Melissa L. Jampol, Member of the Firm in the Health Care & Life Sciences and Litigation practices, in the firm’s New York office, was quoted in Bloomberg BNA, in “Prosecutors Watching for Grift in Substance Abuse Treatment,” by Matt Phifer.
Following is an excerpt:
The Justice Department is taking a new hard line on kickbacks, unnecessary treatments, and excessive urine tests at “sober homes” and other substance abuse facilities as the scourge of the opioid crisis makes headlines.
Justice Department officials in recent weeks have stated their intention to pursue prosecutions against unscrupulous substance abuse treatment providers in South Florida. Two major trials against substance abuse treatment providers will be coming next year. So far this year in southern Florida, at least 34 people were charged, 19 people convicted, and over $20 million in restitution ordered for a variety of crimes related to substance abuse treatment fraud and the illegal distribution of opioids.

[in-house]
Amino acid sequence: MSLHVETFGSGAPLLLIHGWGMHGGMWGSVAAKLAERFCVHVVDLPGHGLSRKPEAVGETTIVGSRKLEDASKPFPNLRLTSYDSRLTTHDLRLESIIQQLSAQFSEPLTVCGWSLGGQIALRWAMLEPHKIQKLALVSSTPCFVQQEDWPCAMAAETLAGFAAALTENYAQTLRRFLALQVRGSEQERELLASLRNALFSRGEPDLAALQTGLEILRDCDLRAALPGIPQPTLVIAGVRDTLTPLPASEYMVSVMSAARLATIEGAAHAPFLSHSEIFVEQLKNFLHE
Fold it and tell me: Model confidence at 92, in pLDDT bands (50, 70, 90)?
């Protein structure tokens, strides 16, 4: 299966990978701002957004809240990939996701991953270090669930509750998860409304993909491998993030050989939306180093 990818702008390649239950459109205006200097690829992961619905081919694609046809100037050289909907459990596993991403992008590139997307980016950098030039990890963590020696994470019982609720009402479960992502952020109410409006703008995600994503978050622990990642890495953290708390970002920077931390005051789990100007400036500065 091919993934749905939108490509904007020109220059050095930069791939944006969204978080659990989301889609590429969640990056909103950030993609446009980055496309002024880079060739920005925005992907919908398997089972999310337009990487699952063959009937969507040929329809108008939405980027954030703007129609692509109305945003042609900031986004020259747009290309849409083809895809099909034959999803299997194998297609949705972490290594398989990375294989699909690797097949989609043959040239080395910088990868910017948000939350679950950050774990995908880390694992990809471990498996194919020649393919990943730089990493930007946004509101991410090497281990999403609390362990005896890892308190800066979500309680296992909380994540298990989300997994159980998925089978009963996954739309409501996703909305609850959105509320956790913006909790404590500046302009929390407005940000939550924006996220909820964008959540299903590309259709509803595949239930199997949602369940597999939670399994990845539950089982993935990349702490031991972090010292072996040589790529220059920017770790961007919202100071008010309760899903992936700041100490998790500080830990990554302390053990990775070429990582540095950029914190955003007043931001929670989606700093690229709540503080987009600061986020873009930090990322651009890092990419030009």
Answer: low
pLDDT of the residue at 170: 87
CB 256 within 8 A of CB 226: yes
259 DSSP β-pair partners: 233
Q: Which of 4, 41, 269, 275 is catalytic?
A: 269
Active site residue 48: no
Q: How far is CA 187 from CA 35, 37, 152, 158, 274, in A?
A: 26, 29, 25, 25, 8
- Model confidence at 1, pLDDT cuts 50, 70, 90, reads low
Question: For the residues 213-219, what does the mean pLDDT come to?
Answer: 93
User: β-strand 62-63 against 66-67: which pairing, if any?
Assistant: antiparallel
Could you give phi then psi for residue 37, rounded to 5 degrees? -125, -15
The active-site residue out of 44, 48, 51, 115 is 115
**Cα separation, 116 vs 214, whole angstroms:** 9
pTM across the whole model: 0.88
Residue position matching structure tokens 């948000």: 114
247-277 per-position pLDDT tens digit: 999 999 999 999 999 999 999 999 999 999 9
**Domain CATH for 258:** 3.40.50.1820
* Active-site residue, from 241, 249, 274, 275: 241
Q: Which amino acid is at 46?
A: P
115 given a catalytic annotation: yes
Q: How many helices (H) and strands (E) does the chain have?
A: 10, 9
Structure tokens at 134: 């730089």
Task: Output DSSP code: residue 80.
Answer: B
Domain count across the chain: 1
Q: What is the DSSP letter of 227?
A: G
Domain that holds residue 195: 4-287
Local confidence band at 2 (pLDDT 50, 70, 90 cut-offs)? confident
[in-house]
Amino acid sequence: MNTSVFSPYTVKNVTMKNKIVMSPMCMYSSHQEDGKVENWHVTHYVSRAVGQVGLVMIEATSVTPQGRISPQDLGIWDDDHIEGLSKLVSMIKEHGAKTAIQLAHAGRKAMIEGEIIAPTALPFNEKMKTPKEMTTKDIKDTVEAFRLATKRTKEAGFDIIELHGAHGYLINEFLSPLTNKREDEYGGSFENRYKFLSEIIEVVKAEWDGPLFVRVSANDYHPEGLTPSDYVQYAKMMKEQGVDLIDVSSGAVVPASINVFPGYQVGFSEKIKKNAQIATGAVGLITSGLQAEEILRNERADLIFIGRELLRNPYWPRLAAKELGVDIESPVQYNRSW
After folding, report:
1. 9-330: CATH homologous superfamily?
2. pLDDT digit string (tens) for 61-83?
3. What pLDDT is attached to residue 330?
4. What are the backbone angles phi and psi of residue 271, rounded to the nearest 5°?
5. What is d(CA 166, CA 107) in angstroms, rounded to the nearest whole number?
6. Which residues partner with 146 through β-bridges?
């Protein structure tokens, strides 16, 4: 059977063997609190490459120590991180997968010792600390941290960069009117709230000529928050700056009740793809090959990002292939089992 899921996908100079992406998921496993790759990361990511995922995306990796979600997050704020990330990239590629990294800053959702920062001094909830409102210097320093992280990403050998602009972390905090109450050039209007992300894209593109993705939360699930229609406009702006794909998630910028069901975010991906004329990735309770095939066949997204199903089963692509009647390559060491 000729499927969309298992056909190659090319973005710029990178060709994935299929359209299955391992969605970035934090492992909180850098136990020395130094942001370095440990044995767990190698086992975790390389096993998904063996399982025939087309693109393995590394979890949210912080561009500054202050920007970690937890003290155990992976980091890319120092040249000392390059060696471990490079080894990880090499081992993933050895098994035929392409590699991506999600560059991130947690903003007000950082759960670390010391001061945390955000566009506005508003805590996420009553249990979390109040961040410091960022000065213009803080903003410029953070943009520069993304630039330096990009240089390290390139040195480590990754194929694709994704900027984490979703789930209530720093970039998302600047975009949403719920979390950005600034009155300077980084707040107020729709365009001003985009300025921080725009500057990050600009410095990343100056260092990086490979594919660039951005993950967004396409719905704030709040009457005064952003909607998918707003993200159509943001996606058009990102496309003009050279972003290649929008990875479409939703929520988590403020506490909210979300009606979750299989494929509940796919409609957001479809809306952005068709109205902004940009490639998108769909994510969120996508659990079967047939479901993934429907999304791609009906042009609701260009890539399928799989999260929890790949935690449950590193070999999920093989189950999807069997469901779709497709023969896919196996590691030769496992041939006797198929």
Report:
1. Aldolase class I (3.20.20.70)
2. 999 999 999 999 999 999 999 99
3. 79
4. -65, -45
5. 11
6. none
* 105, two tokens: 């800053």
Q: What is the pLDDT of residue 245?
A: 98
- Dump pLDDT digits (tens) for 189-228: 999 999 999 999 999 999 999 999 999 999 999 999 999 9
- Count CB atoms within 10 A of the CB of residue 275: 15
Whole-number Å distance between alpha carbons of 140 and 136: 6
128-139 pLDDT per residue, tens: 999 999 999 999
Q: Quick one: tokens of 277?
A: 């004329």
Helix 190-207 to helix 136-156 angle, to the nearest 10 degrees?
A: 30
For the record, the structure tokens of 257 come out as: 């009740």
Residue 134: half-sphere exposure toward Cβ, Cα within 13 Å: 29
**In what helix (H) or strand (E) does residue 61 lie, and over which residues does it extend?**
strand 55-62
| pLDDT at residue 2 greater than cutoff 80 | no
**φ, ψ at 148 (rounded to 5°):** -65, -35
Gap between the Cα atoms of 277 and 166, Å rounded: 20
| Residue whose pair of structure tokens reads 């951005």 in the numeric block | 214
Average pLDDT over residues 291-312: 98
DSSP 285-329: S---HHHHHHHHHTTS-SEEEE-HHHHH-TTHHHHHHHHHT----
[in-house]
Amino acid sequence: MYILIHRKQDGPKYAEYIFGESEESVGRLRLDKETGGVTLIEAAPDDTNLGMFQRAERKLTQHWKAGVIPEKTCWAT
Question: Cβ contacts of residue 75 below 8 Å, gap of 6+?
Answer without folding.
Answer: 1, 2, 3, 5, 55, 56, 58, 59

“It seems to be a growing concern in the world of health-care fraud for one simple reason, and that is because that’s where the money is,” Melissa Jampol, a former federal prosecutor working in Epstein Becker Green’s health-care and life sciences practices in New York and Newark, N.J., told Bloomberg Law. …
“I think you really have to watch the recruitment of patients and how patients are being brought in and the use of third-party vendors,” Jampol said. “People get into trouble by hiring brokers or getting recruiters to get people in.”